World AIDS Day puts spotlight on landmark DoD study
The Walter Reed Army Institute of Research (WRAIR) hosted a World AIDS Day event Tuesday, Nov. 26, highlighting advances in DoD-led HIV research and celebrating the 10th anniversary of the Army-led RV144 HIV vaccine study.
WRAIR’s Military HIV Research Program or MHRP headed the RV144 study, the first-ever – and only to-date – clinical trial to demonstrate that an HIV vaccine regimen was safe and modestly effective in preventing HIV infection. The study sought to determine what methods could be used to lower risk of contracting the disease.
The RV144 trial represented a massive undertaking for the Army and serves as a model of international and interagency collaboration. It involved more than 16,000 adult volunteers and a large network of partners who still work with WRAIR today, including the Thai Ministry of Public Health; the National Institute of Allergy and Infectious Diseases – part of the National Institutes of Health; and Sanofi Pasteur.
In 2009, the Army announced that the study’s investigational prime-boost vaccine regimen lowered the rate of HIV infection by 31.2 percent. These results, although modest, gave the global community hope that a vaccine to prevent HIV infection is possible at a time when such an achievement seemed elusive.
“RV144 was the light at the time in the field, without which we may have given up,” said Dr. John Mascola, director of the National Institutes of Health Vaccine Research Center and the featured speaker at WRAIR’s World AIDS Day event. “In the last 10 years of HIV vaccine progress, RV144 is the anchor.”
The landmark trial continues to provide scientific direction to help guide vaccine development and testing. RV144 and its follow-on trials allowed researchers to discover of risk factors, provide targets for optimizing vaccine boosting, and form a foundation for three HIV vaccine candidates currently undergoing efficacy testing. A video featuring many prominent HIV researchers who were involved with RV144 was shown at the World AIDS Day event.
Also at the event, Lt. Gen (Ret.) Eric B. Schoomaker, 42nd surgeon general of the United States Army and former commanding general of the United States Army Medical Command, highlighted the military’s earliest contributions to HIV research, which include the development of a disease staging system and promoting the finding that HIV can be transmitted heterosexually. The military’s HIV research efforts were consolidated in 1986 with the establishment of MHRP.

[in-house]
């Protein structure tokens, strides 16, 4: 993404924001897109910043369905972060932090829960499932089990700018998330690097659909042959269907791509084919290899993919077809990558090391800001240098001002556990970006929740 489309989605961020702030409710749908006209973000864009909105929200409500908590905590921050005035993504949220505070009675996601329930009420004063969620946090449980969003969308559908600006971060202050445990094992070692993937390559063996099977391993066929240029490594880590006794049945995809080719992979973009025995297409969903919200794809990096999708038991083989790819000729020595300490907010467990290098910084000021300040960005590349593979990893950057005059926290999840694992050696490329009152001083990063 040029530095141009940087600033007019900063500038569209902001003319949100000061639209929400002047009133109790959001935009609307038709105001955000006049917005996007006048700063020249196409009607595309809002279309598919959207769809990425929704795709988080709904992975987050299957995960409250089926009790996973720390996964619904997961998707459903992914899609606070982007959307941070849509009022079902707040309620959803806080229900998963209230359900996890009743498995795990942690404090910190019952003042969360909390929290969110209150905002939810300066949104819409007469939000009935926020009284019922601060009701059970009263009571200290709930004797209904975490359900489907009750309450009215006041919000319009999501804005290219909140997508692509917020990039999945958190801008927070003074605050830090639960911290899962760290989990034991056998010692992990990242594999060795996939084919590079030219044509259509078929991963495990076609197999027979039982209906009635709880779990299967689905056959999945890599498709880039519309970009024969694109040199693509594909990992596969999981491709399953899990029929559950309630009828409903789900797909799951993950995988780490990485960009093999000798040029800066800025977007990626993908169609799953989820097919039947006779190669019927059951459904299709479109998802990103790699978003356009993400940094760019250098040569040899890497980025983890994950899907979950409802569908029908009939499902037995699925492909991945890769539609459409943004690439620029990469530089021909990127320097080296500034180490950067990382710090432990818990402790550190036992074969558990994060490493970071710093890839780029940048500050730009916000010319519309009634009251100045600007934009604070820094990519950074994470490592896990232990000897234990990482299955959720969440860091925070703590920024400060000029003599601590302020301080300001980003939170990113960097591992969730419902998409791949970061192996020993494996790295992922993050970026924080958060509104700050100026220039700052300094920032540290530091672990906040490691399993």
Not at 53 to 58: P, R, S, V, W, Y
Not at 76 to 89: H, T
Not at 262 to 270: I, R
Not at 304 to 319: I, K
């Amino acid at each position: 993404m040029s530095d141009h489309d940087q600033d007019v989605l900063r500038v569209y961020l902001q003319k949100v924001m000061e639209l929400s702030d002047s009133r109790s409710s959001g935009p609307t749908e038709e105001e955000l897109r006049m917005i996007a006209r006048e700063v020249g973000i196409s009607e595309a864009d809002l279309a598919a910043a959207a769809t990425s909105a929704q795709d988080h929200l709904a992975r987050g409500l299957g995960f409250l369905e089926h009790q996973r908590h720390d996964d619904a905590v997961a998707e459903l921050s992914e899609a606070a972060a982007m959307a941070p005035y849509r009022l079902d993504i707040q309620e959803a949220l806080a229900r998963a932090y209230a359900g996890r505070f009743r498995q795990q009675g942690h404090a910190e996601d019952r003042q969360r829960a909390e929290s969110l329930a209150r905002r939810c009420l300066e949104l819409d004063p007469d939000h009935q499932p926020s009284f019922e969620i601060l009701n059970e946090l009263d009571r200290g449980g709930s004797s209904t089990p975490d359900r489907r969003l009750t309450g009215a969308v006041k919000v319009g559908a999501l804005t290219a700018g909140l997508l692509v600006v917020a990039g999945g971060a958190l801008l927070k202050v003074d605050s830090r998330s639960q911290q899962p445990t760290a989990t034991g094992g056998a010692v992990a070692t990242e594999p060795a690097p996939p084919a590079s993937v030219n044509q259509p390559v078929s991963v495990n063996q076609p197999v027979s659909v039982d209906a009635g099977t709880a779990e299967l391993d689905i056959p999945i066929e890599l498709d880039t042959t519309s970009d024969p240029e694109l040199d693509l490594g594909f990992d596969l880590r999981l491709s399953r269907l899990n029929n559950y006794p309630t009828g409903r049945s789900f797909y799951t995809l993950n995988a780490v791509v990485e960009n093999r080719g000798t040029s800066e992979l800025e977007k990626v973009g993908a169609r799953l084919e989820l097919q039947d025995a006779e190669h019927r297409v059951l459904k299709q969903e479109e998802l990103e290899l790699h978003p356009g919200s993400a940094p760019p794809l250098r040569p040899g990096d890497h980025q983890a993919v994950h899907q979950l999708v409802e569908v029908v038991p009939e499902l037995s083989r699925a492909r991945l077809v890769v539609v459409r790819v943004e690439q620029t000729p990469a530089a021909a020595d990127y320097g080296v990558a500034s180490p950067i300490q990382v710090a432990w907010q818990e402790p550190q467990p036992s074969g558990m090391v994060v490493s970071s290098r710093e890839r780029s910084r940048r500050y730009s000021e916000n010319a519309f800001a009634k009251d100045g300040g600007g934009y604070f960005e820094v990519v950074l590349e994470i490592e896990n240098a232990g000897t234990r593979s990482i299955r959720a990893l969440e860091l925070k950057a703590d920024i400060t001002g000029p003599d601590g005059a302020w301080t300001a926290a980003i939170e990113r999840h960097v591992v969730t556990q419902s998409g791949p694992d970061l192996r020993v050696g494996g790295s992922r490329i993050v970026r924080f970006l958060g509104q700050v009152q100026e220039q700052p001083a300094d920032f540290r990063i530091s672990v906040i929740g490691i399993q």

MHRP’s initial mission was to advance an HIV vaccine to protect service members and the global community from HIV, but has since expanded beyond vaccine development to include cure research and prevention and treatment services in Africa under the President’s Emergency Plan for AIDS Relief or PEPFAR. Via PEPFAR initiatives, WRAIR provides life-saving antiretroviral therapy to more than 350,000 people living with HIV in sub-Saharan Africa, which contributes to global health security.
WRAIR supports PEPFAR activities within military and civilian communities in four countries where it conducts research (Nigeria, Tanzania, Uganda, and Kenya), which strengthens community trust and provides an ethical framework for clinical studies. The Department of Defense HIV/AIDS Prevention Program, led by the U.S. Navy, is responsible for assisting foreign military partners with the development and implementation of military-specific HIV/AIDS prevention and treatment programs in more than 55 countries around the globe, also supported by PEPFAR.
“Those countries that partner with us on PEPFAR have a 40-percent decrease in violence and a 40-increase in political stability,” said WRAIR Commander Army Col. Deydre Teyhen. “So we say that soldier health is world health. But in fighting HIV/AIDS, WRAIR researchers are also working to advance world peace.”
More information can be found on the RV144 HIV Trial web page.
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